KF On Method

Brecht on Method

Joe Dumit on grant writing
http://dumit.net/grantwriting-tips/


discursive shift: what not to say in the courtroom:
http://www.sciencemag.org/news/2016/03/reversing-legacy-junk-science-courtroom?utm_campaign=email-news-latest&et_rid=17049157&et_cid=324673

memo akin to becoming a marijuana user. Raina Rapp also focuses on process in her book on how women think through amniocentesis.

turn into a memo:
Sociological analysis of ideological frameworks that shape how people think about the "American Dream" and economic inequality in the US (starting with examples from education).
"Sociologists note that everyone has overarching frameworks for making sense of the world. These frameworks, called ideologies, are sets of ideas and beliefs that shape how we interpret reality. Ideologies are always related to power, with dominant ideologies reinforcing existing power relations. The American Dream is a particularly dominant ideology that reinforces class relations by perpetuating the belief that anyone who works hard can be economically successful (despite the overwhelming evidence of how class inequality shapes economic outcomes)." From this excellent analysis of video clips to show what how ideological frameworks work in practice.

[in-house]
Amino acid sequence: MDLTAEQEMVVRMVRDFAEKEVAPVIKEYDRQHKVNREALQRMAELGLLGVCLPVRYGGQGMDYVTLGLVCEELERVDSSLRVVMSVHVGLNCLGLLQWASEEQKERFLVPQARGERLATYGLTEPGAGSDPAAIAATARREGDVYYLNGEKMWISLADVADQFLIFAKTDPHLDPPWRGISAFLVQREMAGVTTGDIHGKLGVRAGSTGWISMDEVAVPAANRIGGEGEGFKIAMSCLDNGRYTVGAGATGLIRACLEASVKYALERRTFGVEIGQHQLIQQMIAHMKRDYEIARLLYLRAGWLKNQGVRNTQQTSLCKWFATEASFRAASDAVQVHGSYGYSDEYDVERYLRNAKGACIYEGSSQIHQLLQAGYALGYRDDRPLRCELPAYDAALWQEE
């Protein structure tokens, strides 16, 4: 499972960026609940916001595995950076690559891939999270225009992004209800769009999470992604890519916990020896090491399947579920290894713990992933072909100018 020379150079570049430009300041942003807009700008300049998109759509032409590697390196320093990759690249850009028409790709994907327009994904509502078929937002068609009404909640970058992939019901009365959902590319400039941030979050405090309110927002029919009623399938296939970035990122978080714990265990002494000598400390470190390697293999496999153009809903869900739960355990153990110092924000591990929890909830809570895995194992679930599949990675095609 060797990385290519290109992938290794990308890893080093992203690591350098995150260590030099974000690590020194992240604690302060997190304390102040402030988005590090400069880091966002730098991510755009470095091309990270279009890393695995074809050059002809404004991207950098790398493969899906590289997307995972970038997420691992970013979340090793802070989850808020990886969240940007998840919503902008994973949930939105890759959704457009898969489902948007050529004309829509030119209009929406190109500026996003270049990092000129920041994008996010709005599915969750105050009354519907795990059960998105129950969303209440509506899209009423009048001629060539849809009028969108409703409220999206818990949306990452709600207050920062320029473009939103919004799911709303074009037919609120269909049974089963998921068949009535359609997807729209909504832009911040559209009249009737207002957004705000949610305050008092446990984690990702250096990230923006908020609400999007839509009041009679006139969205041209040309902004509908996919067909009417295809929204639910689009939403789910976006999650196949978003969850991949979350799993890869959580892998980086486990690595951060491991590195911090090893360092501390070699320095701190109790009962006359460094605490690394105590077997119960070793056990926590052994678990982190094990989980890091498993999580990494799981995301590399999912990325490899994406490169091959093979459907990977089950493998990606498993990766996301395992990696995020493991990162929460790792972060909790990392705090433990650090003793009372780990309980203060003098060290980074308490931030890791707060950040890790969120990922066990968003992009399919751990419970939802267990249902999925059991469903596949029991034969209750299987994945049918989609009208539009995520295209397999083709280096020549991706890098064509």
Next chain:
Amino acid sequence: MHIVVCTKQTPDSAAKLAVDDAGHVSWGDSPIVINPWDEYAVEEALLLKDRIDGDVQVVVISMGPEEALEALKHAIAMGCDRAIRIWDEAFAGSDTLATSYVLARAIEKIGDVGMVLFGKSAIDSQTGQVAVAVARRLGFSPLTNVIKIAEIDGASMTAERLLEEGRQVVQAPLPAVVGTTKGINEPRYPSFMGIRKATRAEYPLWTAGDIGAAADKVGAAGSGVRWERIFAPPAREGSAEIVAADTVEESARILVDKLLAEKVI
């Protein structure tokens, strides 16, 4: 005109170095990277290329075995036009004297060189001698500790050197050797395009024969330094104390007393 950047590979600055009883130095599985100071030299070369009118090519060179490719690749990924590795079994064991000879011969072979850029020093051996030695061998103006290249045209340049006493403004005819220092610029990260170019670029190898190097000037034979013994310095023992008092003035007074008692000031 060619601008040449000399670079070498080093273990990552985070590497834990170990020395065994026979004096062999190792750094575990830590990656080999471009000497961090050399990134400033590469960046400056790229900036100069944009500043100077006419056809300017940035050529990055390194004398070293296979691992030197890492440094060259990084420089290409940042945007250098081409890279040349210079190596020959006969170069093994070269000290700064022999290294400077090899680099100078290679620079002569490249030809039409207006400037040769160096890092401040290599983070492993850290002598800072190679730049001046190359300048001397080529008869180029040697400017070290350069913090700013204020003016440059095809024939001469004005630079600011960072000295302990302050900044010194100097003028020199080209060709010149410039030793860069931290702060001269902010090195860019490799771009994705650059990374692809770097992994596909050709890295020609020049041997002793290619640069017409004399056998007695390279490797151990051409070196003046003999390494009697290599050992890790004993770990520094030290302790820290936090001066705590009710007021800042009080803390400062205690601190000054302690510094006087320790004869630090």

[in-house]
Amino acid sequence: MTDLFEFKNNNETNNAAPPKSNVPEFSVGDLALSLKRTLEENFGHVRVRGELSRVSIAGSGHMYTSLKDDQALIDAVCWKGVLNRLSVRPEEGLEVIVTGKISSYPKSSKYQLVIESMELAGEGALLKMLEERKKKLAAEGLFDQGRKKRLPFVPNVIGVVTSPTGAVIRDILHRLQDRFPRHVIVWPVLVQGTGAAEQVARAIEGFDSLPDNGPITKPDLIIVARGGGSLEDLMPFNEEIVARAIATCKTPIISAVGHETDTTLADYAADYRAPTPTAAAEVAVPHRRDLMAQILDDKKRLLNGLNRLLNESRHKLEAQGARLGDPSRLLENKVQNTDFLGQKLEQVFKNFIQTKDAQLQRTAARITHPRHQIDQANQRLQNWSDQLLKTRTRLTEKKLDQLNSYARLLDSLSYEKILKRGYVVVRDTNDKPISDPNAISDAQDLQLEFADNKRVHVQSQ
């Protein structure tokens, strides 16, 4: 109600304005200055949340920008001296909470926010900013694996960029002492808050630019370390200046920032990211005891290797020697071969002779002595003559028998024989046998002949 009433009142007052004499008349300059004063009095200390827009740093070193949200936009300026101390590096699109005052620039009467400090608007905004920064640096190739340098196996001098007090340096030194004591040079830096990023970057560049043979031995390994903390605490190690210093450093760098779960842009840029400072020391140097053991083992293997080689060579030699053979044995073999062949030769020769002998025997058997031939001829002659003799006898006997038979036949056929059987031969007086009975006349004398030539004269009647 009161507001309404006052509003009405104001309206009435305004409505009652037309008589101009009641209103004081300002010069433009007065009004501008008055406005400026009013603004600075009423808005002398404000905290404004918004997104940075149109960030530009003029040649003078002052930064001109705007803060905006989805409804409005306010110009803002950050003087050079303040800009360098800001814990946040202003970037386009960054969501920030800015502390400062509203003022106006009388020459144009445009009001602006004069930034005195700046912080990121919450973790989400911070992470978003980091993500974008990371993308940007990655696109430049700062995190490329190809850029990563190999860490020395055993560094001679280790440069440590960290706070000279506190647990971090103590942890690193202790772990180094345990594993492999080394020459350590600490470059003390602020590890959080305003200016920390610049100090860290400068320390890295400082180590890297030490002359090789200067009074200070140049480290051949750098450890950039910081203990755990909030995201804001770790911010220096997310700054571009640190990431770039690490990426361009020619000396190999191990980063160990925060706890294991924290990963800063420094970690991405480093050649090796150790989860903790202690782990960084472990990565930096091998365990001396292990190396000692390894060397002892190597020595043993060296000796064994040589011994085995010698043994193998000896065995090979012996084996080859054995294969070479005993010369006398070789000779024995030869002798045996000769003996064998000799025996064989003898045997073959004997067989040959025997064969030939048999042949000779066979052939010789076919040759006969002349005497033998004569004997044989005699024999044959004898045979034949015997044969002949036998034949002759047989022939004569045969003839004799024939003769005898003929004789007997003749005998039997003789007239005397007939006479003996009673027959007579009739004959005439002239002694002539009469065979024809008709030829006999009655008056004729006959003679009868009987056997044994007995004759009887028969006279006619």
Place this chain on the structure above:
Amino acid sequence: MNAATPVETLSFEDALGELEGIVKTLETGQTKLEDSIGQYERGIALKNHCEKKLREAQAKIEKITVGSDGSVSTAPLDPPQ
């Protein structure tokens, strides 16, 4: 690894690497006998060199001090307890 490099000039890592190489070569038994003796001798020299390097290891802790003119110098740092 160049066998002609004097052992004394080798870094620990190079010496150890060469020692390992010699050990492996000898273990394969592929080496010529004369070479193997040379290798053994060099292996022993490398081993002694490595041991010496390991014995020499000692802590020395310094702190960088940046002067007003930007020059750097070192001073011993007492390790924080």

also a memo on thought and governance styles
n On style (make a research memo): Evely Fox Keller's article on her, which has the following nice quote about "cultural style":

From her identity as a molecular biologist, Nusslein-Volhard drew confidence, a kind of arrogance, and a cultural style. As a German, she had imbibed a tradition, shared by the French, of finding interest in complexity ("the more complicated the more interesting it was").

-- Theodor Adorno referred to, speaking of Beethoven, as a "late style", meaning not the conventional serenity of old age but the shudder of the dialectic between convention and a heightened subjectivity, as Edward Said described it:
It is the episodic character of Beethoven’s late work, its apparent carelessness about its own continuity, that Adorno finds so gripping. When we compare such middle-period works as the Eroica with the Opus 110 sonata, say, we are struck by the cogent and integrative logic, the driven quality of the former and the somewhat distracted, often careless and repetitive character of the latter. Adorno speaks of the late work as ‘process, but not as development’, as a ‘catching fire between the extremes, which no longer allow for any secure middle ground or harmony of spontaneity’.

http://www.sciencemag.org/careers/2016/01/how-read-scientific-paper?utm_campaign=email-news-latest&et_rid=17049157&et_cid=223396

portfolios
snapshots
sts?!
HASS
presentations
notes

portfolios, fall 2014
portfolios, fall 2013
portfolios, spring 2013
shared abstracts
presentation schedule

syllabus
schedule
notes, fall 2013

experiments